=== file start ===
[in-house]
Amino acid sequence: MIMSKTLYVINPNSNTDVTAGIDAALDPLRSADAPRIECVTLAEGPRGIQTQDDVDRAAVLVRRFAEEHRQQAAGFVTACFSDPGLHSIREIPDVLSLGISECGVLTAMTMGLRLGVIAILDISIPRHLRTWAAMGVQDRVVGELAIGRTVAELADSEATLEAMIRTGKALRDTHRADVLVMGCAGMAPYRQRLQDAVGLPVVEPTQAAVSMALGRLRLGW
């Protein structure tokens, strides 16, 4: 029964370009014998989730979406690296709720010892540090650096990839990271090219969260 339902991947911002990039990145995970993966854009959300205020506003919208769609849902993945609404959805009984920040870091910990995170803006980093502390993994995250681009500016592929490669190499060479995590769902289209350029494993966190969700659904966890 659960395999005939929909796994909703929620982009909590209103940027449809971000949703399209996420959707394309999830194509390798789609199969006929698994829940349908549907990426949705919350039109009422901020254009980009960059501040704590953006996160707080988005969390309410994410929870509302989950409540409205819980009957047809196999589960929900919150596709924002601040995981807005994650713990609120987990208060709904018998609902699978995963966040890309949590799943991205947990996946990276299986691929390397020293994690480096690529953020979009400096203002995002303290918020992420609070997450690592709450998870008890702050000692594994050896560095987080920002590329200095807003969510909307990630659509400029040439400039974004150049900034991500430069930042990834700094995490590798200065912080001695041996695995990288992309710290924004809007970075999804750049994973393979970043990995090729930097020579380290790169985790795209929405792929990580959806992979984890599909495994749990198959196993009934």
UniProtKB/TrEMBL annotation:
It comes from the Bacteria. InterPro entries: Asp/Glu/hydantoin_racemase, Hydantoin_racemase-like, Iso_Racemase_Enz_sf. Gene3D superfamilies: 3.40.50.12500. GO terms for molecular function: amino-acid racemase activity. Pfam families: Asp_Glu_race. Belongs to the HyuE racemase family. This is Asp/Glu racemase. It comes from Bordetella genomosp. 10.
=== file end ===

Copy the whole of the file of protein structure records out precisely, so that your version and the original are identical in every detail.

[in-house]
Amino acid sequence: MIMSKTLYVINPNSNTDVTAGIDAALDPLRSADAPRIECVTLAEGPRGIQTQDDVDRAAVLVRRFAEEHRQQAAGFVTACFSDPGLHSIREIPDVLSLGISECGVLTAMTMGLRLGVIAILDISIPRHLRTWAAMGVQDRVVGELAIGRTVAELADSEATLEAMIRTGKALRDTHRADVLVMGCAGMAPYRQRLQDAVGLPVVEPTQAAVSMALGRLRLGW
């Protein structure tokens, strides 16, 4: 029964370009014998989730979406690296709720010892540090650096990839990271090219969260 339902991947911002990039990145995970993966854009959300205020506003919208769609849902993945609404959805009984920040870091910990995170803006980093502390993994995250681009500016592929490669190499060479995590769902289209350029494993966190969700659904966890 659960395999005939929909796994909703929620982009909590209103940027449809971000949703399209996420959707394309999830194509390798789609199969006929698994829940349908549907990426949705919350039109009422901020254009980009960059501040704590953006996160707080988005969390309410994410929870509302989950409540409205819980009957047809196999589960929900919150596709924002601040995981807005994650713990609120987990208060709904018998609902699978995963966040890309949590799943991205947990996946990276299986691929390397020293994690480096690529953020979009400096203002995002303290918020992420609070997450690592709450998870008890702050000692594994050896560095987080920002590329200095807003969510909307990630659509400029040439400039974004150049900034991500430069930042990834700094995490590798200065912080001695041996695995990288992309710290924004809007970075999804750049994973393979970043990995090729930097020579380290790169985790795209929405792929990580959806992979984890599909495994749990198959196993009934």
UniProtKB/TrEMBL annotation:
It comes from the Bacteria. InterPro entries: Asp/Glu/hydantoin_racemase, Hydantoin_racemase-like, Iso_Racemase_Enz_sf. Gene3D superfamilies: 3.40.50.12500. GO terms for molecular function: amino-acid racemase activity. Pfam families: Asp_Glu_race. Belongs to the HyuE racemase family. This is Asp/Glu racemase. It comes from Bordetella genomosp. 10.